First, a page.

ICYDK, beauty products also have their own shelf life—and it’s often shorter than you might expect.
As a beauty lover, it pains me to deliver this message, but it’s high time to declutter a significant portion of your makeup stash. Just as food comes with a best-before date, beauty products also have their own shelf life, and it’s often shorter than you might expect.
Whether they are gifted, your favorite foundation, or a limited-edition, I understand the emotional attachment you can develop to makeup products, some of which may have been with you since college or even earlier. However, it’s crucial to recognize that using expired cosmetics can result in skin irritations, breakouts, and, in some cases, even infections.
Makeup has the potential to trap harmful bacteria, so it’s crucial to know when to bid farewell to your beloved beauty products. And no, this doesn’t mean to throw away your products freely. After all, we shouldn’t be contributing more unnecessary trash in landfills. So, don’t worry; we’re here to provide you with insights into the general shelf life of common beauty items and offer guidance on when it’s time to part ways—all in the pursuit of maintaining healthy and hassle-free skin.
First Things First, Check the Label
It’s important to pay attention to the Period After Opening (PAO) symbol stamped on all makeup products. You’ll spot this logo – an open pot image, a number, and the letter M – on the packaging. It’s like a built-in countdown timer, telling you how long your product can hang around after you break that seal. So, remember the month you cracked it open.
But what if you can’t find this nifty symbol? No worries, we’ve got your back. Here’s how you can tell when it’s time to bid your makeup farewell.
Primer and Setting Spray
While most setting sprays and primers will last for about 12 months, and sometimes even a little longer, ensuring the effectiveness of these beauty superheroes lies in recognizing the signs of expiration. Changes in texture, scent, or how they perform are like flashing red lights, telling you it’s time to make a change. By doing so, you’ll maintain that flawless and long-lasting makeup, all while keeping your skin’s health and hygiene in check.
Foundation and Concealer
Foundation and concealer form the backbone of your makeup routine, but even these essentials have their limits. Cream formulas typically have a shelf life of 6-12 months, which is kinda like a favorite TV series with a single season. On the flip side, powder-based products can stick in there for 24 months, giving them the resilience of a classic song that never goes out of style. However, it’s time to remove them from your repertoire when you notice changes in color, texture, or an not-so-pleasant odor. It’s all about keeping your product routine and knowing when to pause.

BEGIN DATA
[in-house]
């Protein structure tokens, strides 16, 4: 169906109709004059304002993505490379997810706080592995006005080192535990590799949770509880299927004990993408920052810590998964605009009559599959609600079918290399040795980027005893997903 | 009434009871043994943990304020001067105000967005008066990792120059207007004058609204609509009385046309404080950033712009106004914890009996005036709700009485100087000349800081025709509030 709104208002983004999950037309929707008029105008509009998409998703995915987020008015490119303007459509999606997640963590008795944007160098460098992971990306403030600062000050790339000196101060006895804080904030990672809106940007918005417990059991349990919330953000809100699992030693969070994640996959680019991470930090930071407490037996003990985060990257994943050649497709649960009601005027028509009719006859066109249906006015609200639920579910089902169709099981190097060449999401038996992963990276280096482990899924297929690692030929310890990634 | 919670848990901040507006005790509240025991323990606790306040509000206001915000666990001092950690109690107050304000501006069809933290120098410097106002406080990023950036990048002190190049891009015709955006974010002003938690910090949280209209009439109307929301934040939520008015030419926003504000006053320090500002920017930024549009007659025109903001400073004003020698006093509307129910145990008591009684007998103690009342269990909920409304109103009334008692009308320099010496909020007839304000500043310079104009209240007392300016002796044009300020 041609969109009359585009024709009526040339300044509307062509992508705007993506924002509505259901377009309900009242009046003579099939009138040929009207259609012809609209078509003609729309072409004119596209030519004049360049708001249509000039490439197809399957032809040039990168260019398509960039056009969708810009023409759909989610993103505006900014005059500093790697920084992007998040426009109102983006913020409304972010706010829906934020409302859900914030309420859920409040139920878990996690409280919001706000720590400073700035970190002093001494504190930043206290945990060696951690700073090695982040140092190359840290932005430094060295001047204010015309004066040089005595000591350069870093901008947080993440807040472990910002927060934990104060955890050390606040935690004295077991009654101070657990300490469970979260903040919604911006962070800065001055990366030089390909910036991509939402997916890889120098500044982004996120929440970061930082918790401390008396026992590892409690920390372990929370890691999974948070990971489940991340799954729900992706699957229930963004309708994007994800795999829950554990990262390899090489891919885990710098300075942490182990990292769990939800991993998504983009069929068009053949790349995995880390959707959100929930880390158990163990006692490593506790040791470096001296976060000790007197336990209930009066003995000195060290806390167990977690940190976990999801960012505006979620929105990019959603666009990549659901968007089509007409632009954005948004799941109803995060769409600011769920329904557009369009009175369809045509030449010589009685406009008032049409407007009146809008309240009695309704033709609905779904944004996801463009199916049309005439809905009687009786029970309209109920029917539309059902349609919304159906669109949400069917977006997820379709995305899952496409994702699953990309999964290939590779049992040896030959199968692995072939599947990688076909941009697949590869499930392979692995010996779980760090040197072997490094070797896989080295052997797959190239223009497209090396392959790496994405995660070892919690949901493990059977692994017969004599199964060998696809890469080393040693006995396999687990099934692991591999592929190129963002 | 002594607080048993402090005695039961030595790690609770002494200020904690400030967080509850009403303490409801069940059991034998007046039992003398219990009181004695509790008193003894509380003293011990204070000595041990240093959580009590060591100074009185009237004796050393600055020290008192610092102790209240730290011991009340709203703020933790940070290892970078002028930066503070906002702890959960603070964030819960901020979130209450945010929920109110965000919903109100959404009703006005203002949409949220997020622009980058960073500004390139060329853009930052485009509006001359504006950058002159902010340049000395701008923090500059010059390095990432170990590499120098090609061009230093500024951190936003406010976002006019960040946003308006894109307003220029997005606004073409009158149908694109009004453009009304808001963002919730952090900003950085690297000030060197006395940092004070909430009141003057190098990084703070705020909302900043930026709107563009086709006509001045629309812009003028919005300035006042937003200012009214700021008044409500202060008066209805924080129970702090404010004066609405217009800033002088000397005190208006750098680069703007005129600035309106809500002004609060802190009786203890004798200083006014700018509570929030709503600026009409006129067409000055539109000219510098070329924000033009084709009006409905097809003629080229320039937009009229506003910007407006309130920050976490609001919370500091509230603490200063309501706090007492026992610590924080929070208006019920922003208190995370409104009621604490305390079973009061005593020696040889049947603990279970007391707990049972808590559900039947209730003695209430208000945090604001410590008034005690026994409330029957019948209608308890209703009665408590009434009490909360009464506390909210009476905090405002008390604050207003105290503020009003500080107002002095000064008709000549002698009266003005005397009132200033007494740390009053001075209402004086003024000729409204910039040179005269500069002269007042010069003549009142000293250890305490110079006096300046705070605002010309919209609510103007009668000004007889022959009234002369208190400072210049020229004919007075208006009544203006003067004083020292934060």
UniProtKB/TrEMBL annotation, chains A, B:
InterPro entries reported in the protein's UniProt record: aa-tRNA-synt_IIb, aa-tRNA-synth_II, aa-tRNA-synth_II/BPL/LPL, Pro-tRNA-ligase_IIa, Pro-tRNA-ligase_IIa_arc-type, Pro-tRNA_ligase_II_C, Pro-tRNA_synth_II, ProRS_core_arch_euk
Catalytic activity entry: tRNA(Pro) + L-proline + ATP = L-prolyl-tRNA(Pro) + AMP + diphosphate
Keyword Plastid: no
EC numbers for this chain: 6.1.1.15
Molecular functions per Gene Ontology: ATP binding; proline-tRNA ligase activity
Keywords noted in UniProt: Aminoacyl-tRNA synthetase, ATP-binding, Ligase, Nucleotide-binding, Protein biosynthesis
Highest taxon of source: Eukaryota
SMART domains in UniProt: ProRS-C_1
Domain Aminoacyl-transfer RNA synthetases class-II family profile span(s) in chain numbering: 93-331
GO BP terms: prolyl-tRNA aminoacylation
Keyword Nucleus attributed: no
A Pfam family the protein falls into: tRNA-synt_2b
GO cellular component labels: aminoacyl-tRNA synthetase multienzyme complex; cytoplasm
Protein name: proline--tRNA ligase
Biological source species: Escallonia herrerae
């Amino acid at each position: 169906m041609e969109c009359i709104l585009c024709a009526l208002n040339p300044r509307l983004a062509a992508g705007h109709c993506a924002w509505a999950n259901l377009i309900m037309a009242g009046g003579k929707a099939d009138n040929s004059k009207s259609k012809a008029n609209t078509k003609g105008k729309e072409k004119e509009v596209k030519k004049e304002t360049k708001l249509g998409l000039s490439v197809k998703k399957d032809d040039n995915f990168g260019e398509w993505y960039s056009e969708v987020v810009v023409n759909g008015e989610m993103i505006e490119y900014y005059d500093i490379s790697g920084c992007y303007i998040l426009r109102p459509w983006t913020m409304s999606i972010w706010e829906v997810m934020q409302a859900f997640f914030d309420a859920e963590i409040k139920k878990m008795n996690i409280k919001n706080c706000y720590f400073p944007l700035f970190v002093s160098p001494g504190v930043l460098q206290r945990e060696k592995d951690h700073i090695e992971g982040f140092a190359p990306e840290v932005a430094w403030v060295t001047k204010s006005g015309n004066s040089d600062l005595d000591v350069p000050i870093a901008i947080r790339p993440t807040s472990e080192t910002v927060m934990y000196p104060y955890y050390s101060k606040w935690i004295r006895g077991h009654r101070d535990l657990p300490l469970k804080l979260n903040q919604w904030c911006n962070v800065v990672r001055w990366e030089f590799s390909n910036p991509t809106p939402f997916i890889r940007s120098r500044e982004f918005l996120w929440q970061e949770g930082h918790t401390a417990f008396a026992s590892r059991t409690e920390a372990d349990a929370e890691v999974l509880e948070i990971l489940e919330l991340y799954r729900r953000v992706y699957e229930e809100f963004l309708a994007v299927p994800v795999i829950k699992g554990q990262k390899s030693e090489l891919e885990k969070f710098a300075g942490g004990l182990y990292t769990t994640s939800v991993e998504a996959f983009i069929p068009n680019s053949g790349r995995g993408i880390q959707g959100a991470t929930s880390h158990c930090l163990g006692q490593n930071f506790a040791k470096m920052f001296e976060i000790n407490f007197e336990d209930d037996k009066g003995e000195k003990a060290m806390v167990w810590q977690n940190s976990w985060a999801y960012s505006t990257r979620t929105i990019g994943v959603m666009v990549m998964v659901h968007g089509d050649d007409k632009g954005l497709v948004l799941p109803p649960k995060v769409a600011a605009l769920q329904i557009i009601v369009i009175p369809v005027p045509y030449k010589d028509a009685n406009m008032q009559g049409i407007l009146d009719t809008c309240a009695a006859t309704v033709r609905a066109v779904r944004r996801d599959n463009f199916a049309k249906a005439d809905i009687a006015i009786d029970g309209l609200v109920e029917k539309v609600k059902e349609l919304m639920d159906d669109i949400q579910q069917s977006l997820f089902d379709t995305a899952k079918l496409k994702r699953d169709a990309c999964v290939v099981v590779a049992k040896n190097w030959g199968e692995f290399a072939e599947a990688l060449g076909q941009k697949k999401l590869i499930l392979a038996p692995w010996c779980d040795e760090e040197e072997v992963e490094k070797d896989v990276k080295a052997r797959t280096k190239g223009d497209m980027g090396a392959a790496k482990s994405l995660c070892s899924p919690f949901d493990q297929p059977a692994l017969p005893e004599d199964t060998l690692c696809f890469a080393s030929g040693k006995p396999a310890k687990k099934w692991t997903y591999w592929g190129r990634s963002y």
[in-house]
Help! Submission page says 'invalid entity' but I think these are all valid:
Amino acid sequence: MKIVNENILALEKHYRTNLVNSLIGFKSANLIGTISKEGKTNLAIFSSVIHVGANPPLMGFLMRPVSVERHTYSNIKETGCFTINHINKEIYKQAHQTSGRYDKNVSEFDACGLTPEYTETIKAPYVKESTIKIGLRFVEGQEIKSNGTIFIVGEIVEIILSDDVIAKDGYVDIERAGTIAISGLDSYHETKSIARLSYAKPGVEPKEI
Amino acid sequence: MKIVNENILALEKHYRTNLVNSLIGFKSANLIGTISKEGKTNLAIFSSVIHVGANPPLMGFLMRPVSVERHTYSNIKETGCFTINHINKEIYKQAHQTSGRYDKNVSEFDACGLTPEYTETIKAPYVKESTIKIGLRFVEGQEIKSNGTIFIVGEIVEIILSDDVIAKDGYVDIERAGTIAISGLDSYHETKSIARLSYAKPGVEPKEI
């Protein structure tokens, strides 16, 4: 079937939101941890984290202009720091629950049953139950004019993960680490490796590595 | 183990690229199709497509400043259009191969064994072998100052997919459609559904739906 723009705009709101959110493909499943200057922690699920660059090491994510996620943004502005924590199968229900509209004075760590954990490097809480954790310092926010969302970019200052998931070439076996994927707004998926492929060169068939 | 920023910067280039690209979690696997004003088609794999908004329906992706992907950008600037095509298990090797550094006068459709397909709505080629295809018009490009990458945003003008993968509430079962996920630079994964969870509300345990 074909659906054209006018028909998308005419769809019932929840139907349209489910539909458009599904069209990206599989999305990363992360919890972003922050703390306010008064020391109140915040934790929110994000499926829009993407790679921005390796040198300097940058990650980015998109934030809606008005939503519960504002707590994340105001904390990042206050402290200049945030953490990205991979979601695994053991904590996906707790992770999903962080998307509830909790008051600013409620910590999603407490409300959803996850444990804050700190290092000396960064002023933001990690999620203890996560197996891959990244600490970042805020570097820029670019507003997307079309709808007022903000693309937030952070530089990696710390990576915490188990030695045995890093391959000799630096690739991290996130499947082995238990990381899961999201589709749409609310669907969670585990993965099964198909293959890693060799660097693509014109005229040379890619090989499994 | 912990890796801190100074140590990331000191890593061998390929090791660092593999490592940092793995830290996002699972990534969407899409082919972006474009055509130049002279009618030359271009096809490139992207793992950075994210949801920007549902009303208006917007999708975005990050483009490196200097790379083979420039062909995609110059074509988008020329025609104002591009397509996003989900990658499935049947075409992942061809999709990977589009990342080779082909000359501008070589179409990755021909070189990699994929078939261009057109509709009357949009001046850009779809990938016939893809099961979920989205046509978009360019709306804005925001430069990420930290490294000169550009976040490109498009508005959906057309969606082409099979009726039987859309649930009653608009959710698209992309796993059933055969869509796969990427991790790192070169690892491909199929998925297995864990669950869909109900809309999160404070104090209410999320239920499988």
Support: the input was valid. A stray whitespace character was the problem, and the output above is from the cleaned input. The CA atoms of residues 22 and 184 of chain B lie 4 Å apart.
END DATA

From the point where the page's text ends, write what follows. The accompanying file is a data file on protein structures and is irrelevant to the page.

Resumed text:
Blush, Bronzers, and Highlighters
Powder blushes, bronzers, and highlighters serve as the creative talents in your makeup toolkit, infusing your skin with color and a sun-kissed glow. These dependable companions typically maintain their quality for 1-2 years, much like a beloved painting that never loses its appeal. However, just as every masterpiece requires restoration, it’s essential to revamp your collection when you detect signs of wear and tear. Encountering the frustrating hard pan, observing alterations in color, or facing difficulties in achieving that perfect blend is nature’s way of prompting you to make room for fresh, lively shades that ensure your cheeks remain radiant and beautifully blushed.
Eyeliner and Mascara
Pencil eyeliners are like the long-lasting friends who can stick around for 24 months. On the flip side, liquid eyeliners are like the exciting new acquaintances, but they need to be replaced every 6-12 months. When you start noticing your eyeliner going crumbly, dry, or worse, irritating your precious peepers, it’s time to say goodbye. Keeping your eyes feeling comfortable is all about knowing when to part ways and make room for fresh lines.
Lip products are like the BFFs of our makeup collection, but here’s the lowdown: they’re also a breeding ground for bacteria, mainly because they get up close and personal with our mouths. Lipsticks, those trusty sidekicks, usually hang around for one to two years before they’re past their prime. Lip glosses, on the other hand, are a bit like the stars of a hit TV series, with a shelf life of six months to a year. If you catch a whiff of something off or your lipstick feels as dry as that forgotten desert island, it’s definitely time to part ways. It’s all about keeping that pout pretty and your lips healthy, no compromise.